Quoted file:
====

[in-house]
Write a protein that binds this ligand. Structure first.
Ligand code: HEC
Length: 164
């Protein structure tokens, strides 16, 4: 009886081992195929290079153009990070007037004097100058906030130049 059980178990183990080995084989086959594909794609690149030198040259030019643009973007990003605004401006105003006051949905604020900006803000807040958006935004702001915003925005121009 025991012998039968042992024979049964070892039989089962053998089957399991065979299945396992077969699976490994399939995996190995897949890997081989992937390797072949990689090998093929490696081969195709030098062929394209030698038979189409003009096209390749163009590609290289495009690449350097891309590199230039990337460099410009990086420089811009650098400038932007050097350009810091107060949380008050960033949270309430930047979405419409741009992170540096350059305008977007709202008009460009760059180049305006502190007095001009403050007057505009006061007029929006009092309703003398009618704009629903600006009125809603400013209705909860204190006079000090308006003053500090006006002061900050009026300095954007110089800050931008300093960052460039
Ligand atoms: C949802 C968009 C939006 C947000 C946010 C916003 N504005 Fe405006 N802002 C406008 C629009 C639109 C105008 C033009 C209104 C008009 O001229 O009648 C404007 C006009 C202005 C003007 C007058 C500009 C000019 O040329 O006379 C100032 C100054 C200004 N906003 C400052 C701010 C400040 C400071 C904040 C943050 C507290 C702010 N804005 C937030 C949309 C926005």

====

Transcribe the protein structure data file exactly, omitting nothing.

[in-house]
Write a protein that binds this ligand. Structure first.
Ligand code: HEC
Length: 164
């Protein structure tokens, strides 16, 4: 009886081992195929290079153009990070007037004097100058906030130049 059980178990183990080995084989086959594909794609690149030198040259030019643009973007990003605004401006105003006051949905604020900006803000807040958006935004702001915003925005121009 025991012998039968042992024979049964070892039989089962053998089957399991065979299945396992077969699976490994399939995996190995897949890997081989992937390797072949990689090998093929490696081969195709030098062929394209030698038979189409003009096209390749163009590609290289495009690449350097891309590199230039990337460099410009990086420089811009650098400038932007050097350009810091107060949380008050960033949270309430930047979405419409741009992170540096350059305008977007709202008009460009760059180049305006502190007095001009403050007057505009006061007029929006009092309703003398009618704009629903600006009125809603400013209705909860204190006079000090308006003053500090006006002061900050009026300095954007110089800050931008300093960052460039
Ligand atoms: C949802 C968009 C939006 C947000 C946010 C916003 N504005 Fe405006 N802002 C406008 C629009 C639109 C105008 C033009 C209104 C008009 O001229 O009648 C404007 C006009 C202005 C003007 C007058 C500009 C000019 O040329 O006379 C100032 C100054 C200004 N906003 C400052 C701010 C400040 C400071 C904040 C943050 C507290 C702010 N804005 C937030 C949309 C926005």